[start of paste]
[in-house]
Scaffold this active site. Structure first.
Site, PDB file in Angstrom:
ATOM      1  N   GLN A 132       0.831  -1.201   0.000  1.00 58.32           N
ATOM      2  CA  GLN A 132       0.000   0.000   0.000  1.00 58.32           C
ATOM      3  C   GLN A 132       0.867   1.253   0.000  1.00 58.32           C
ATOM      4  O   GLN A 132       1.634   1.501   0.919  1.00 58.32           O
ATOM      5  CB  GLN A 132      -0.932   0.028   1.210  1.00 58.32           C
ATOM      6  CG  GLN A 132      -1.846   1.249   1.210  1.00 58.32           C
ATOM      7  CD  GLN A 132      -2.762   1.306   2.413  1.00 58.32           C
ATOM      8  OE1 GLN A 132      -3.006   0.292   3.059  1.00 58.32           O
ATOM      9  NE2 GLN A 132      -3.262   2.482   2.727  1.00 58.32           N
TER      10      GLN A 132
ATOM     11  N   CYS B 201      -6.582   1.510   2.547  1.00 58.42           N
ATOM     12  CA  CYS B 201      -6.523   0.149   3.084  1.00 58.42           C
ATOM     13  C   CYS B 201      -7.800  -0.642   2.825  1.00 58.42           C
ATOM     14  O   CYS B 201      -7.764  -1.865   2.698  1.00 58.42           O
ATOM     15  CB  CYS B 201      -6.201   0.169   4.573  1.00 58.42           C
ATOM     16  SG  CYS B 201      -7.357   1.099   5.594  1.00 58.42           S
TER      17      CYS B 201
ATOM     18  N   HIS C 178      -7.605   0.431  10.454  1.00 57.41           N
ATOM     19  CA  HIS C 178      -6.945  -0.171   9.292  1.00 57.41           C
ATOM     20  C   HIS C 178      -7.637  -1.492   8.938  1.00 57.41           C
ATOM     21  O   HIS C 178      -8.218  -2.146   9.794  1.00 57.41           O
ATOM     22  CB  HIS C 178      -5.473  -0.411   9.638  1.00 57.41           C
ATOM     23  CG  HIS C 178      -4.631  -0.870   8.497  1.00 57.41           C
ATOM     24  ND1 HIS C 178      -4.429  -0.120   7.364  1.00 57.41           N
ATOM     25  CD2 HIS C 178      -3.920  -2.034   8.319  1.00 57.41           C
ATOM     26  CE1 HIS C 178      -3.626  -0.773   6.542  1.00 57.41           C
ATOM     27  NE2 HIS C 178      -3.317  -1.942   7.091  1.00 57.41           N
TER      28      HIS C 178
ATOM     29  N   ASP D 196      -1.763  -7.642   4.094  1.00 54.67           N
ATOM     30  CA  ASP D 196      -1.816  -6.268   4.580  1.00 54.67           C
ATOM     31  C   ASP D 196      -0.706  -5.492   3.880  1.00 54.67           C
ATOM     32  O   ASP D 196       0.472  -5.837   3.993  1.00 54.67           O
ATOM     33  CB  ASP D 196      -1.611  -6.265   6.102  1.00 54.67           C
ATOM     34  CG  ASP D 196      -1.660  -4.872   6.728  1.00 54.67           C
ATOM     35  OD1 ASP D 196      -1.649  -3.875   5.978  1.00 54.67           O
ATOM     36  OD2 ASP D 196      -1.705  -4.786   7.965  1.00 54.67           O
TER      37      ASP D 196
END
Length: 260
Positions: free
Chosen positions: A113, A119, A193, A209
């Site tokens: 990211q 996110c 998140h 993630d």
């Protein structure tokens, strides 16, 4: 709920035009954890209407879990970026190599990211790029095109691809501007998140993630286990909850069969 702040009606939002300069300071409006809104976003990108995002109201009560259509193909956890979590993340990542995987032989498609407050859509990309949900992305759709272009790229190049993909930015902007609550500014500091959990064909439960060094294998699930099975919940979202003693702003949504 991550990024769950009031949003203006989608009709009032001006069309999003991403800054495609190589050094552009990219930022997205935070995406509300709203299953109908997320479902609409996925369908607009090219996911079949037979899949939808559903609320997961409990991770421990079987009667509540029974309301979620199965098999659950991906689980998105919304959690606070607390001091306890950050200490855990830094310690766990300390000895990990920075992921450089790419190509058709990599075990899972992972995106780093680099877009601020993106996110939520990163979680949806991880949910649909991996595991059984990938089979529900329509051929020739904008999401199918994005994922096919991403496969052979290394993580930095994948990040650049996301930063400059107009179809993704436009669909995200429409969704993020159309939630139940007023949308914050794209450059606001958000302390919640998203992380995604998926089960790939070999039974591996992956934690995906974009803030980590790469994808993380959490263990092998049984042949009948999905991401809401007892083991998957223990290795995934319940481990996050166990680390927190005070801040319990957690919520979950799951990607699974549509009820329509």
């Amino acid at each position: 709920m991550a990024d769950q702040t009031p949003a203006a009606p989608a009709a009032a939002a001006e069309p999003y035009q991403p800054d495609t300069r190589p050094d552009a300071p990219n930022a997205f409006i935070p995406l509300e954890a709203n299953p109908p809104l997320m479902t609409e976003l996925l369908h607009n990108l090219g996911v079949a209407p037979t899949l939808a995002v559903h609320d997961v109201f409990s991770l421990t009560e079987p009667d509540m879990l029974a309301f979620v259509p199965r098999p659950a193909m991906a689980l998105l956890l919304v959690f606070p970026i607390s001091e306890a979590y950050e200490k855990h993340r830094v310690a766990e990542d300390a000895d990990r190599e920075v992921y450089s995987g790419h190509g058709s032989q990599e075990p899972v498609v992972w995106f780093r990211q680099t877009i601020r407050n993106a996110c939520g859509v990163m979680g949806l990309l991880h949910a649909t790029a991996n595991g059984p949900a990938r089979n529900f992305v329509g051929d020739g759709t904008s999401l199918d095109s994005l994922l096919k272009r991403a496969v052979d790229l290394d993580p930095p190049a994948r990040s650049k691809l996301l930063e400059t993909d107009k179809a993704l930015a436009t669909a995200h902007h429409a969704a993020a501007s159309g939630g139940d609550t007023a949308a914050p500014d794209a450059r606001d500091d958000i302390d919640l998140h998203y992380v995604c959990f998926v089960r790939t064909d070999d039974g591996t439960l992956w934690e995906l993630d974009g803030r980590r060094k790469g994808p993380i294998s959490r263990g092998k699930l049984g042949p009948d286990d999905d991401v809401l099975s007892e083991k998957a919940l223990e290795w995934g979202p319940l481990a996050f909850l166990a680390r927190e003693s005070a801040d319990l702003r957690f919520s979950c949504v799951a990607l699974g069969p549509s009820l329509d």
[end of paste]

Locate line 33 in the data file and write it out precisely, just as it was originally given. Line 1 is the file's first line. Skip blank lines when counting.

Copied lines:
ATOM     30  CA  ASP D 196      -1.816  -6.268   4.580  1.00 54.67           C